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Mostly Sunny

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Friday

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“And they’re off!”  Those electrifying words, along with the song “Danny Boy”, mark Louisville as the place to be for thousands each May during the world famous Kentucky Derby, the first leg of the Triple Crown of thoroughbred horse racingAs it has done for more than 130 years, the race and associated events transform Louisville.  Dozens of theme-decorated horses can be found on the sidewalks, in the gardens and in the entrances to some of the city's buildings. This public art project, called Gallopalooza, lends a bright note of whimsy to the city.

 

The 16th largest city in the U.S. and the largest city in Kentucky, Louisville is home to over 90 attractions and thousands of excellent hotels and restaurants. Whether you are planning to visit Louisville for pleasure or attending a meeting or convention, you will find thoroughbred horse racing, bluegrass music, sporting events, and much more.

 

Located on the banks of the Ohio River, greater Louisville is at the center of three major interstate highways:  I-65, I-71 and I-64.  It is within a day's drive of nearly half of the nation's population centers. Louisville International Airport is conveniently situated only seven minutes from downtown.

 

Louisville has four distinct seasons.  There is just enough snow in the winter to make the scenery exquisite.  Spring is an exciting time.  The city holds the Kentucky Derby Festival during the two weeks leading up to the race, with fireworks, balloon races, steamboat races, concerts and many other events.  With high temperatures in the mid-70s during the spring, it’s also the perfect time for outdoor activities. 

 

Summer is the time to enjoy one of the country’s greatest theme parks, Six Flags Kentucky Kingdom.  This theme park contains five roller coasters and also has live shows, popular dining spots, and special areas for smaller children. Hurricane Bay water park has a giant 750,000-gallon wave pool, with surfable waves.  In the fall, the cooler temperatures bring the change of fall foliage, Kentucky style.

 

The landmark that most people associate with Louisville is Churchill Downs, located south of downtown. It has been a place of ritual since 1875, when the first Kentucky Derby was run. Even if you aren't in town for the race, it is worthwhile to make a trip to the track. In addition to touring the facilities, you can tour the beautifully appointed Kentucky Derby Museum.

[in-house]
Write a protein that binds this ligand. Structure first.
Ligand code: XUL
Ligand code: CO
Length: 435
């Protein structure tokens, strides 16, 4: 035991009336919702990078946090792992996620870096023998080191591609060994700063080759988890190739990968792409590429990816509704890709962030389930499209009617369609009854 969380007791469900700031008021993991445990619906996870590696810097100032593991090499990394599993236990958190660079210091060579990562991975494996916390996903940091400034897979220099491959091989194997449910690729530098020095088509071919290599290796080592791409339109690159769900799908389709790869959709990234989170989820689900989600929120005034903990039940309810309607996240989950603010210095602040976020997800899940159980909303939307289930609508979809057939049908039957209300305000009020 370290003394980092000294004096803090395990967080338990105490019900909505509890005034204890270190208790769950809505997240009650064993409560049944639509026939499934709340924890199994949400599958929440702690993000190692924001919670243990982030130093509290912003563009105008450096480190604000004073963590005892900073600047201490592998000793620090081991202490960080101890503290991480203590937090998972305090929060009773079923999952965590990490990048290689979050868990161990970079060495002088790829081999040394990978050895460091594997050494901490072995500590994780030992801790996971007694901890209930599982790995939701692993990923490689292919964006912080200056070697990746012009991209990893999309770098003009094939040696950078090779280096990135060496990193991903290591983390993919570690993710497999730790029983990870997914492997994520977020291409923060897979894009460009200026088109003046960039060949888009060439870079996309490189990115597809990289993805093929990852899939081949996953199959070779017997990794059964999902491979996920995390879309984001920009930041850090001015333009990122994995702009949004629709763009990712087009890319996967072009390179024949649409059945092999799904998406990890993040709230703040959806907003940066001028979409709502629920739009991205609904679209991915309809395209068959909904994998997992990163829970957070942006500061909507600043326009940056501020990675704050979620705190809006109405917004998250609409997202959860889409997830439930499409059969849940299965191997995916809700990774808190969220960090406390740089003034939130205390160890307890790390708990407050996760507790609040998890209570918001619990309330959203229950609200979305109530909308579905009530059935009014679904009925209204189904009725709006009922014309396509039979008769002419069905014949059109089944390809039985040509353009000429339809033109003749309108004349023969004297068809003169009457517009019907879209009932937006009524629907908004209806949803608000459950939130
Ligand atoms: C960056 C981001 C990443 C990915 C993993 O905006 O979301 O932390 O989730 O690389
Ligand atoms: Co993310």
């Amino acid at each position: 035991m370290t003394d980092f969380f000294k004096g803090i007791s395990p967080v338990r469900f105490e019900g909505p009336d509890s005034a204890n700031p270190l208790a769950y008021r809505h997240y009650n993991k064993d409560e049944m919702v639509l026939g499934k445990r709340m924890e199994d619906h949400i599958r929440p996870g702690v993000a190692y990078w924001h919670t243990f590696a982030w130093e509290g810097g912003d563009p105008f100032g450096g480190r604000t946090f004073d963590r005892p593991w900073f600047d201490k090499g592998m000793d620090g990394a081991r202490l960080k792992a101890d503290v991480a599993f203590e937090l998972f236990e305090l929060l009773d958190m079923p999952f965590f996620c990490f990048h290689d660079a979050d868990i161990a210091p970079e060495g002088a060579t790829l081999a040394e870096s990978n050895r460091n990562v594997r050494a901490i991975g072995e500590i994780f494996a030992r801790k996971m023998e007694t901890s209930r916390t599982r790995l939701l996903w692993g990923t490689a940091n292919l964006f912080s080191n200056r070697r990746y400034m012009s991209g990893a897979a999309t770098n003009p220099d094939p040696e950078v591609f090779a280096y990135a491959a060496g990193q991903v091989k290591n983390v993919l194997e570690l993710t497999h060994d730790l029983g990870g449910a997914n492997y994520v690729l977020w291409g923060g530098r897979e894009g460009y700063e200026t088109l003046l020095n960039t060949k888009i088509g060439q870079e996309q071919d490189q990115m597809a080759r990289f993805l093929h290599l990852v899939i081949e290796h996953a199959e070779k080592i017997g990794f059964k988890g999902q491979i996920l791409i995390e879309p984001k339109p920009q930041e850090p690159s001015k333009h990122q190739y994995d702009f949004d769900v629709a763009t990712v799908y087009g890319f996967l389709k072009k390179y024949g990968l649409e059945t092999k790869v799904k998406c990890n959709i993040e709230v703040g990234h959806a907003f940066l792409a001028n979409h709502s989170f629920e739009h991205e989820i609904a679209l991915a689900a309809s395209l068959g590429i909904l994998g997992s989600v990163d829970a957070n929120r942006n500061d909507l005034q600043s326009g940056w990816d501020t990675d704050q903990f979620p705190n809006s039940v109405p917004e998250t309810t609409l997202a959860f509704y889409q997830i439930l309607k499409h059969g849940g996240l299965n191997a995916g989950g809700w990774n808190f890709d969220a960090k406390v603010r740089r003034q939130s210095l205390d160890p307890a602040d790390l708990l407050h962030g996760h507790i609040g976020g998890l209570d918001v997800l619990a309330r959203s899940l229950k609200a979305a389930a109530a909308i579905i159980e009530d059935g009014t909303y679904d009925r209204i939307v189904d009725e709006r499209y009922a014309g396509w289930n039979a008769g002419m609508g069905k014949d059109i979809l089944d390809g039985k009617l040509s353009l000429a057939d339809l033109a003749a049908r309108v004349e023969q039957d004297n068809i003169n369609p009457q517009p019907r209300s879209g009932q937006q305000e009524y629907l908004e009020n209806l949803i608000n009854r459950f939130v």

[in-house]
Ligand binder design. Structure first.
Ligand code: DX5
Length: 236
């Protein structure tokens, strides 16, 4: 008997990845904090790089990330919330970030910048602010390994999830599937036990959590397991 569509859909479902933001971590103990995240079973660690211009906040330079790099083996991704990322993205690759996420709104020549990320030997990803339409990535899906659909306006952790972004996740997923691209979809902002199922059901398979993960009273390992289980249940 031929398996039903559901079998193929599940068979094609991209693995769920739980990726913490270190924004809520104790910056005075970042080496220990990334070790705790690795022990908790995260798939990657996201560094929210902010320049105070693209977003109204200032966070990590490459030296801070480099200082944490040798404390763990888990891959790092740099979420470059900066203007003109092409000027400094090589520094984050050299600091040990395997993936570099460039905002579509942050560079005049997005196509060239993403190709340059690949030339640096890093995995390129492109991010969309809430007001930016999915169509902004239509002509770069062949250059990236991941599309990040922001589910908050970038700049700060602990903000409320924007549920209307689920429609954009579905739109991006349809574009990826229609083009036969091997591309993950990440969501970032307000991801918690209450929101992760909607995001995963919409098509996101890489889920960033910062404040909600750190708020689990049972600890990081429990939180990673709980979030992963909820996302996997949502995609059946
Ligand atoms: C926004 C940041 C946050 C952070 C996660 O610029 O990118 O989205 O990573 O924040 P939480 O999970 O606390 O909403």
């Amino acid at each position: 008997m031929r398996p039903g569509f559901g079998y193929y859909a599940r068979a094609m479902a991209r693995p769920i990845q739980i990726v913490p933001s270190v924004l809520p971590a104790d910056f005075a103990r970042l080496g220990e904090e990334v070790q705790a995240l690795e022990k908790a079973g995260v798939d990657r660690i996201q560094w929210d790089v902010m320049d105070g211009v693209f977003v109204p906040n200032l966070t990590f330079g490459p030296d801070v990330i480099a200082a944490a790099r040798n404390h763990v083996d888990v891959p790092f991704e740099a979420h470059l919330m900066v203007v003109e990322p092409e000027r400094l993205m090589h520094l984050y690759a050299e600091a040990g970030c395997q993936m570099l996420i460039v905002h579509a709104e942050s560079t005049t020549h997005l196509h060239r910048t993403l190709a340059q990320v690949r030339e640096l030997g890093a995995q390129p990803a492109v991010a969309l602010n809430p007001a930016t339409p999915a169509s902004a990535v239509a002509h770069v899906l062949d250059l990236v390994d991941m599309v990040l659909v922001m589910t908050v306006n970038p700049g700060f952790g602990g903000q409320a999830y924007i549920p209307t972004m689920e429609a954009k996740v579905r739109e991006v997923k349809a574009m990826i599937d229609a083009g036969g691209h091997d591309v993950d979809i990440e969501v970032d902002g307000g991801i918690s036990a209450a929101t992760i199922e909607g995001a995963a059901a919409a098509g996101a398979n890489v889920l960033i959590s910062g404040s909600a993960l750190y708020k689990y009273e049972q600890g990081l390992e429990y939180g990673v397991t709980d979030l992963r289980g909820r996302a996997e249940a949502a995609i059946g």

As one commentator observed: in the Derby, each horse that is running has only two minutes out of its whole life to prove itself. Because only 3-year-olds run in the race, each horse has only a once in a lifetime, two-minute chance of winning.

 

On the education front, the University of Louisville, with an enrollment of more than 21,000, has three campuses throughout the metropolitan area. The Belknap Campus, 3 miles from downtown, contains seven of the university's 11 schools; the university's medical campus and hospital are in downtown Louisville; and the Shelby Campus is in eastern Jefferson County.

 

There is good news for the many fans of Louisville Slugger baseball bats!  The giant bat that now stands in downtown Louisville marks the spot where the Slugger bats are made:  a new factory  has recently opened, marking the return of the company  to Louisville after an absence of more than 20 years.

 

Why not take in dinner aboard an authentic Paddlewheel Steamboat.  The Belle of Louisville and the Spirit of Jefferson cruise the beautiful Ohio River daily.   With year round lunch and dinner cruises, this is a way to view the skyline and enjoy great food at the same time. 

 

For an introduction to the history of the area, be sure to visit the Frazier Historical Arms Museum.  It’s an unforgettable journey that spans 1000 years with a collection of arms, armor and related historical artifacts from around the world.

 

The Water Tower, east of downtown at River Road and Zorn Avenue, is an example of classic industrial architecture, with a Grecian temple front and a great standpipe tower modeled after the Roman triumphal column. The Confederate Monument is found at 3rd Street and Cardinal Boulevard.

 

The performing arts are housed in The Kentucky Center. The glass walls of the center reflect facades of buildings, which have been renovated and converted into museums, theaters, shops and restaurants. The Louisville arts community has gained international acclaim and is one of only nine U.S. cities with a professional opera, ballet, theatre, orchestra and children's theatre.

 

Another downtown treat is shopping and dining in the rejuvenated Fourth Street area known as Fourth Street Live!, where a growing number of restaurants have opened (including the Hard Rock Cafe), some interesting shops, and more are slated to open in the coming months.

 

All in all, Louisville is a city of stature as well as a center of culture and of entertainment. Looking for a terrific vacation destination?  Live it up in Louisville!

 
Louisville Postcards